There was no sleep for us. We had to set about contacting our hotel in England, being informed we would still need to pay for that night, and the next one, even though we were still in the United States. We had to contact our rental car agency, being informed the special discount we had received for reserving our car for a week would no longer apply as we would now be there for less than 7 days. We had to find a new flight spending a total of three hours on hold with United only to NOT get a live, breathing human on the phone. We had to find our luggage, contacting baggage support and telling them our story.
This is when United customer service practices become especially appalling. My wife is a cancer survivor, and her anti-cancer medication was in her suitcase. When she explained that to a baggage support team member, she was informed that the luggage was being held and was earmarked for London and they couldn't return it. Yes, you read that correctly.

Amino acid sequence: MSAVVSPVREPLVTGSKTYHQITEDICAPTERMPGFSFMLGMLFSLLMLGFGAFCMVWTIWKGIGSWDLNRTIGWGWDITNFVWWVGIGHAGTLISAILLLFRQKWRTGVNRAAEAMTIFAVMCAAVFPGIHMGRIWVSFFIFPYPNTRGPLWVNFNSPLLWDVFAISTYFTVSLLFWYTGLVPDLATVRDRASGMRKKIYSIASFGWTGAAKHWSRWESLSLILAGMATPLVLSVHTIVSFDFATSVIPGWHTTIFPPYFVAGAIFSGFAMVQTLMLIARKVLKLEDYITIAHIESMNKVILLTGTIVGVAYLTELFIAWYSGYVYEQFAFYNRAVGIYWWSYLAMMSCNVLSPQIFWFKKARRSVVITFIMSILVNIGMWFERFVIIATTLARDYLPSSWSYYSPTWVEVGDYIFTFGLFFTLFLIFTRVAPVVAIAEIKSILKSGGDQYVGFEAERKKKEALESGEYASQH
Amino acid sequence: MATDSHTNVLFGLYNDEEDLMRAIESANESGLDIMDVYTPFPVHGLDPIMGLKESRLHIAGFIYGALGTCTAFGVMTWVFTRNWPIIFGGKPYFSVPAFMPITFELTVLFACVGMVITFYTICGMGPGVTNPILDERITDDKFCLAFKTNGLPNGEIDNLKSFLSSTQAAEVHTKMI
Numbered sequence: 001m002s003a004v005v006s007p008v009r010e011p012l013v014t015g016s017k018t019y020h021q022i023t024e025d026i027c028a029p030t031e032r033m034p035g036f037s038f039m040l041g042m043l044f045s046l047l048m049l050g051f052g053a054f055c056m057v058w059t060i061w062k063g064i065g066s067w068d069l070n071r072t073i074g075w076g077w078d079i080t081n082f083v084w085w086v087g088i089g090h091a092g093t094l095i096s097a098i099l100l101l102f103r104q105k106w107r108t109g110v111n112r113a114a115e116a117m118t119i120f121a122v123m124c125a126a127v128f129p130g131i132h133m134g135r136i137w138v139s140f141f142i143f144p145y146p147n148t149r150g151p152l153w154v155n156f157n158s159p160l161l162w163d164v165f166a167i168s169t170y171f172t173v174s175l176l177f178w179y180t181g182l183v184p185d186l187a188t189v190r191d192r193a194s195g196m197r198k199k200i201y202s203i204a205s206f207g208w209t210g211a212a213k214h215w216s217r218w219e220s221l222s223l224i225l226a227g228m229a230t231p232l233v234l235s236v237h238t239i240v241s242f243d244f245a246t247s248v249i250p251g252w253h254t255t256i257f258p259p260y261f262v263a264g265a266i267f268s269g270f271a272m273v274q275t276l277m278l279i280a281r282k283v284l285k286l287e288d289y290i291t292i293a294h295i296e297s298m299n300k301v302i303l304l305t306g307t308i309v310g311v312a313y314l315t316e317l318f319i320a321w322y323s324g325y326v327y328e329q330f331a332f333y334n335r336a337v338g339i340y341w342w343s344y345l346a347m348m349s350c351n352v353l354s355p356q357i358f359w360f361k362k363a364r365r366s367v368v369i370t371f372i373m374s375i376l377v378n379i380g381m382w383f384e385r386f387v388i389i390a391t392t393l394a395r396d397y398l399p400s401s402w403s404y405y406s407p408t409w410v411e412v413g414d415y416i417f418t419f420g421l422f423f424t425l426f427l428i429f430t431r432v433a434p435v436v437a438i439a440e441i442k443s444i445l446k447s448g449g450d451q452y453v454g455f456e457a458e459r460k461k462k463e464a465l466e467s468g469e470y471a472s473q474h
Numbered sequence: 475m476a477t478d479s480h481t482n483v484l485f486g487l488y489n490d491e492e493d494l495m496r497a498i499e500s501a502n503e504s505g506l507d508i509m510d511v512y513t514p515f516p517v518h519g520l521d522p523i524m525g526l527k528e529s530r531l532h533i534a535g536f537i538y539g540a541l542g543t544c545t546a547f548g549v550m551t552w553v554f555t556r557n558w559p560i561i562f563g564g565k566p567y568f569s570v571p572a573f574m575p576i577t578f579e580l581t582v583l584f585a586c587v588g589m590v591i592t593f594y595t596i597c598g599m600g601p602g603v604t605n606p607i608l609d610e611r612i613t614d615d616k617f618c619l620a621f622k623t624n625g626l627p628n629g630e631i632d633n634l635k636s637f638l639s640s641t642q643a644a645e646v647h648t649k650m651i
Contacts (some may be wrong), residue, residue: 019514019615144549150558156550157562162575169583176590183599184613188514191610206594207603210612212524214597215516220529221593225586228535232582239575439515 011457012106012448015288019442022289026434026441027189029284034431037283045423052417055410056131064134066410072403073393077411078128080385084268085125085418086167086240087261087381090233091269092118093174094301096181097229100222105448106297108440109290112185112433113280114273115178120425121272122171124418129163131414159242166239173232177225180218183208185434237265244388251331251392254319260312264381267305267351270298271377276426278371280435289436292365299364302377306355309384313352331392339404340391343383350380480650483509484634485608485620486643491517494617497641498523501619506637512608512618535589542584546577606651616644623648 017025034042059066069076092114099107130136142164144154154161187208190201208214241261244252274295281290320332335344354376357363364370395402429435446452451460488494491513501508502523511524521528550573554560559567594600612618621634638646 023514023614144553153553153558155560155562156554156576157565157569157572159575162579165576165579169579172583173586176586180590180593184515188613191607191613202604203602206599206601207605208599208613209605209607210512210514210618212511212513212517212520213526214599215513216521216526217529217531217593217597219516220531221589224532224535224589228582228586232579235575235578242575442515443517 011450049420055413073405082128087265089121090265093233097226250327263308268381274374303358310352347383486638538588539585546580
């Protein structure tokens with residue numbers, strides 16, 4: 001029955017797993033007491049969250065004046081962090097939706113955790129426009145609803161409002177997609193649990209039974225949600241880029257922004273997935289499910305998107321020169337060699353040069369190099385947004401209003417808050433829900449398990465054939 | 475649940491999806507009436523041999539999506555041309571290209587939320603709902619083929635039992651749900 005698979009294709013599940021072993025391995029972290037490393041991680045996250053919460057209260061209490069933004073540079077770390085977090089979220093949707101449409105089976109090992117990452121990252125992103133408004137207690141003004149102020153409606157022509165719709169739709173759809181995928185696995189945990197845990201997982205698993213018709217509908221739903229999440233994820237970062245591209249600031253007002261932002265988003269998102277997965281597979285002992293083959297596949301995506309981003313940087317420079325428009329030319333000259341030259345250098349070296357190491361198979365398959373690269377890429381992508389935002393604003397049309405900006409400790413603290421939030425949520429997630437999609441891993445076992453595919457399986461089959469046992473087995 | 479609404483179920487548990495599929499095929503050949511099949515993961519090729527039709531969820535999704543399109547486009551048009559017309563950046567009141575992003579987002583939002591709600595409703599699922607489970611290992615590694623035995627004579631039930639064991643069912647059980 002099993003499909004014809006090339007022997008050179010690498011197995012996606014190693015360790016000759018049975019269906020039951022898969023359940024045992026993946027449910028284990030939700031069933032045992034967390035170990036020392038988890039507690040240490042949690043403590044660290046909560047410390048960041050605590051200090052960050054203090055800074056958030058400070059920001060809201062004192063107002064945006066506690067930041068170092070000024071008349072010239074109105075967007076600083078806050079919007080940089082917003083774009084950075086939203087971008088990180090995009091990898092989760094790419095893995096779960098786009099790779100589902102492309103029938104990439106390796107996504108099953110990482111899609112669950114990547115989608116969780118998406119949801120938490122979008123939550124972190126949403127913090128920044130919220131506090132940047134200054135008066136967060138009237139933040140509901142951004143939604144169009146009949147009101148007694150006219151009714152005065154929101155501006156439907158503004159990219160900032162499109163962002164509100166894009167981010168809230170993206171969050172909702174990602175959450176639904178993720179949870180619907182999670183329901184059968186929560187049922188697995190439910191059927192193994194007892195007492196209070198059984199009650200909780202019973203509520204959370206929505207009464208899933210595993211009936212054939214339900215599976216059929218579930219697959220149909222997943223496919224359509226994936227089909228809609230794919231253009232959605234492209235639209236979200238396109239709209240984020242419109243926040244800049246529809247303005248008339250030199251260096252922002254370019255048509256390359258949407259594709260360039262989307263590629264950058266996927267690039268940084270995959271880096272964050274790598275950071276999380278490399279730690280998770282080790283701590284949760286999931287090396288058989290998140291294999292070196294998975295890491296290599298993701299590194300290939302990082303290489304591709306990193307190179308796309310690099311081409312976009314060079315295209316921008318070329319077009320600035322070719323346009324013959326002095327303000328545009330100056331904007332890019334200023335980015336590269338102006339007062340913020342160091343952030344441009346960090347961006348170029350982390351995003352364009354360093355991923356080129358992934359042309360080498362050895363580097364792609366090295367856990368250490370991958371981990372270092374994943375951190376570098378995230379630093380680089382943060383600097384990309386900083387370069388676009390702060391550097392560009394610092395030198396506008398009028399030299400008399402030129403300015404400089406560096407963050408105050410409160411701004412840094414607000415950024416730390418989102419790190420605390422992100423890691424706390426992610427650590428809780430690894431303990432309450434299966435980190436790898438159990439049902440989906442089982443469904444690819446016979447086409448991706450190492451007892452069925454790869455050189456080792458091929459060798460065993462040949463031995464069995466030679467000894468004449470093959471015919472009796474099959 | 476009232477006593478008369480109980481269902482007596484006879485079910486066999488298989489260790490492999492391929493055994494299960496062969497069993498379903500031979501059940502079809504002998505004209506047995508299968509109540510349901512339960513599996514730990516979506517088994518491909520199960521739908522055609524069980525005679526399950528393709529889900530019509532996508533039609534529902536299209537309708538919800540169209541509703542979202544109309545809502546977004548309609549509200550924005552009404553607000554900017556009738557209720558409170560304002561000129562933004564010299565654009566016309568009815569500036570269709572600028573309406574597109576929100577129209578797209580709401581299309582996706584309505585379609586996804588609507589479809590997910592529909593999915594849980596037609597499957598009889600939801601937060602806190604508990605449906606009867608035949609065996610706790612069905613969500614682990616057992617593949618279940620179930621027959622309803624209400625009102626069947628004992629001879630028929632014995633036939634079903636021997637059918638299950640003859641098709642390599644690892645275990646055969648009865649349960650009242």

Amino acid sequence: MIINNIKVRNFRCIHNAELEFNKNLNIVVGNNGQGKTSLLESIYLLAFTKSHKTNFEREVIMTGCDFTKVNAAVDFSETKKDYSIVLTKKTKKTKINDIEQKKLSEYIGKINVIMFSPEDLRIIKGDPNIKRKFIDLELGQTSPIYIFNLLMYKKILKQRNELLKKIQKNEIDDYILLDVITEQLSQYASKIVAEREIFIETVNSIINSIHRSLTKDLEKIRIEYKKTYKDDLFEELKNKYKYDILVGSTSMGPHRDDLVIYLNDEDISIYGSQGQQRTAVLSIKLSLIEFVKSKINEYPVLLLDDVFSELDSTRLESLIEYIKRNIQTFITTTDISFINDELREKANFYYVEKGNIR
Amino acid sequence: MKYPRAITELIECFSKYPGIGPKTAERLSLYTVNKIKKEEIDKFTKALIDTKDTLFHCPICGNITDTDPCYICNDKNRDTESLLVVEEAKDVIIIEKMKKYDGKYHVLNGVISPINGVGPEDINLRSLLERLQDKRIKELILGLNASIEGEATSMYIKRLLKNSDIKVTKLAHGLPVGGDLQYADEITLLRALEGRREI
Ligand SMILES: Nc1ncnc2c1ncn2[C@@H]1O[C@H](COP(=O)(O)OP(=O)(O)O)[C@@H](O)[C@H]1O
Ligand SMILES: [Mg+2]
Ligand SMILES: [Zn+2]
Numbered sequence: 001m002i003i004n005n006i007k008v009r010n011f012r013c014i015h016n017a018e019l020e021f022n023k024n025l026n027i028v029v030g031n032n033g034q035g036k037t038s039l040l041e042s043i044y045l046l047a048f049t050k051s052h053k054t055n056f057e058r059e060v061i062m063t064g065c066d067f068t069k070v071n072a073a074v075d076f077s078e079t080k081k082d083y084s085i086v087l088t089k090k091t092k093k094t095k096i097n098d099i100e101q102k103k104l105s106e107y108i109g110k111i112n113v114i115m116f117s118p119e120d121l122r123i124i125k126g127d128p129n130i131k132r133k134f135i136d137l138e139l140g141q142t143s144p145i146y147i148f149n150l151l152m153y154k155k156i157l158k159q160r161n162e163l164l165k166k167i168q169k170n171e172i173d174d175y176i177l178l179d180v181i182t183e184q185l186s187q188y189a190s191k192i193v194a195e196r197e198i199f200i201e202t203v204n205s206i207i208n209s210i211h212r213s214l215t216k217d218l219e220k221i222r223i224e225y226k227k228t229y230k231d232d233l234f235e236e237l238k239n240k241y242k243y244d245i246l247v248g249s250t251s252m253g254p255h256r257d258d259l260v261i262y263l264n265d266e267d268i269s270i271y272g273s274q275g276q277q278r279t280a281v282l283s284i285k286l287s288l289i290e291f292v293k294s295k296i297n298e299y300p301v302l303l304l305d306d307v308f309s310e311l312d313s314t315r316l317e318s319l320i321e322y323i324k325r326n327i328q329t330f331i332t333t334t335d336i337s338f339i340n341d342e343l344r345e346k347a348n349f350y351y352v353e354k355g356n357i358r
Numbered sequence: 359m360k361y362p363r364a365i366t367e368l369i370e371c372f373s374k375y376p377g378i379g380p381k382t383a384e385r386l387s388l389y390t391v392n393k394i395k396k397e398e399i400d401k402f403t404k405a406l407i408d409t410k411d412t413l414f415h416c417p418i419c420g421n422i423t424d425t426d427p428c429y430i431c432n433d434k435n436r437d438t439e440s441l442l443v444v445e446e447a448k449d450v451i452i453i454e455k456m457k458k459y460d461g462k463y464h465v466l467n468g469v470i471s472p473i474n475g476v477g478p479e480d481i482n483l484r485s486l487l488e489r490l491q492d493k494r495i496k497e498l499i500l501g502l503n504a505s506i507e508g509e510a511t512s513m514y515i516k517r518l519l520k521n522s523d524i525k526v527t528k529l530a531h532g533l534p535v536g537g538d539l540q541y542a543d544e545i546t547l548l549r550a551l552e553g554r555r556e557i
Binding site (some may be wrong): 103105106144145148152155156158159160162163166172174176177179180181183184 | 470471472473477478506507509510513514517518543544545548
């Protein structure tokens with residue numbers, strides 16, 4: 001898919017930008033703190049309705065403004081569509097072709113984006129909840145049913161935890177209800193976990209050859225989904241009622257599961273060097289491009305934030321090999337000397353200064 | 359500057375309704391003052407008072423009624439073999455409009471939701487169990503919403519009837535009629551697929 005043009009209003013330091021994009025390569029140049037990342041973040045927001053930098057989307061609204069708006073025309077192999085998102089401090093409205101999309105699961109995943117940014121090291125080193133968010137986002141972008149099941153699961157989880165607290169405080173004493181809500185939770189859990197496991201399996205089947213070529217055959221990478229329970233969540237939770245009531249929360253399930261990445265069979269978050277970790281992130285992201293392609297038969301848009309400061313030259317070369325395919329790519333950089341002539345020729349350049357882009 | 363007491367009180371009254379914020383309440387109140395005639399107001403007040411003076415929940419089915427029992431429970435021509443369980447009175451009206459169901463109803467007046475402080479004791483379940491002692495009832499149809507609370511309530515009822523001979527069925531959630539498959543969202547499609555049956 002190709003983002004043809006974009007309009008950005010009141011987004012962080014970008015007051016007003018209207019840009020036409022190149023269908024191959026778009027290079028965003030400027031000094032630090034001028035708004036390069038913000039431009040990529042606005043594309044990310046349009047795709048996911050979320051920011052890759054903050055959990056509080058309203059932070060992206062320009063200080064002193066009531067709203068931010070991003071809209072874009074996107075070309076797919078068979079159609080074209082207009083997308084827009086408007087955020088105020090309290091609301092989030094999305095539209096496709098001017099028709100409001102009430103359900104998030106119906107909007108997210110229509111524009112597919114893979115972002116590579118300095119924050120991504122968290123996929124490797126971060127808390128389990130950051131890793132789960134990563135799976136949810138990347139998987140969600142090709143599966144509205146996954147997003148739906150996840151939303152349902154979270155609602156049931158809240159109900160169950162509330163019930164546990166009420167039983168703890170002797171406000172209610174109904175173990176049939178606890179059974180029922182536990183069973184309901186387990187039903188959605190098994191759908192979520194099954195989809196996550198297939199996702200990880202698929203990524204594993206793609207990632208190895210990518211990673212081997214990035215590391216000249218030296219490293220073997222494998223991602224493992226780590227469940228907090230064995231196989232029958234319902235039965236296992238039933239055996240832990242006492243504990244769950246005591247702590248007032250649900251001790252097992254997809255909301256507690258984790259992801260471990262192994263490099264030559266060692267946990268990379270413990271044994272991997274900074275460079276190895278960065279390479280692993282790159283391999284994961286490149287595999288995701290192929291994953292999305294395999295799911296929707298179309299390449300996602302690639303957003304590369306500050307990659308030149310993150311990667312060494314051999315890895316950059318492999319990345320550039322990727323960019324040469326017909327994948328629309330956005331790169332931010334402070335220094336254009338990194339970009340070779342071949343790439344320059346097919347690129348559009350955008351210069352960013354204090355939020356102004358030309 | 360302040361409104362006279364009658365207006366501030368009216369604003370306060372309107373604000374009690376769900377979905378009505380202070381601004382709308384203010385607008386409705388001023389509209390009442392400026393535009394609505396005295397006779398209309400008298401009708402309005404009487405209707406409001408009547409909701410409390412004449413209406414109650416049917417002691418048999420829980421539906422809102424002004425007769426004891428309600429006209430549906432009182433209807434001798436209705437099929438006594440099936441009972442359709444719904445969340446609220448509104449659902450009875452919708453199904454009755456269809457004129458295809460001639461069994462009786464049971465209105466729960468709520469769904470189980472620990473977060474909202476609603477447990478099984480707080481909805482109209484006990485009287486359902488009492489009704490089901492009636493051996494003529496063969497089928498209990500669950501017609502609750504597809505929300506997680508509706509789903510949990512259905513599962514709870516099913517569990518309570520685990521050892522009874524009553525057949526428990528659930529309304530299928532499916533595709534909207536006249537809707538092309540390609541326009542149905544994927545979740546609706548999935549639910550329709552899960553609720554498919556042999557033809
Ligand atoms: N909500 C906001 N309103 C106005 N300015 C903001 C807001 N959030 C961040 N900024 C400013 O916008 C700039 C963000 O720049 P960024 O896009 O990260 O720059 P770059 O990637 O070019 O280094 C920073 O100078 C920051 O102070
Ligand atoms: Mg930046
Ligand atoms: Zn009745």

Now take a moment to put yourself in this position, from the moment we had arrived at San Francisco airport, to now being told that our luggage may be going to London but not us. So, not surprisingly, my wife cried. Pointing out the need to have her cancer medication, she was told by an unhelpful staff that, while they understood the situation, they couldn't guarantee they could return it to her that day, even though our luggage HAD NEVER LEFT San Francisco. And here's the kicker: She was told that if United were to deliver the luggage to us, they would charge us for that convenience. The manager, however, was the first and only United employee throughout this harrowing odyssey to offer us anything more than an Oreo cookie and vague communications commitments. He said he would give us one $50 voucher for our troubles. PLEASE. Getting our luggage returned to us would have cost more than that!
So take a moment to think about what we experienced with United to this point. Think about their history of getting planes off the ground and in the air and servicing passengers and accounting for travel disruptions and unanticipated issues. Think about their actions. Think about every step of this experience and what it means to their brand.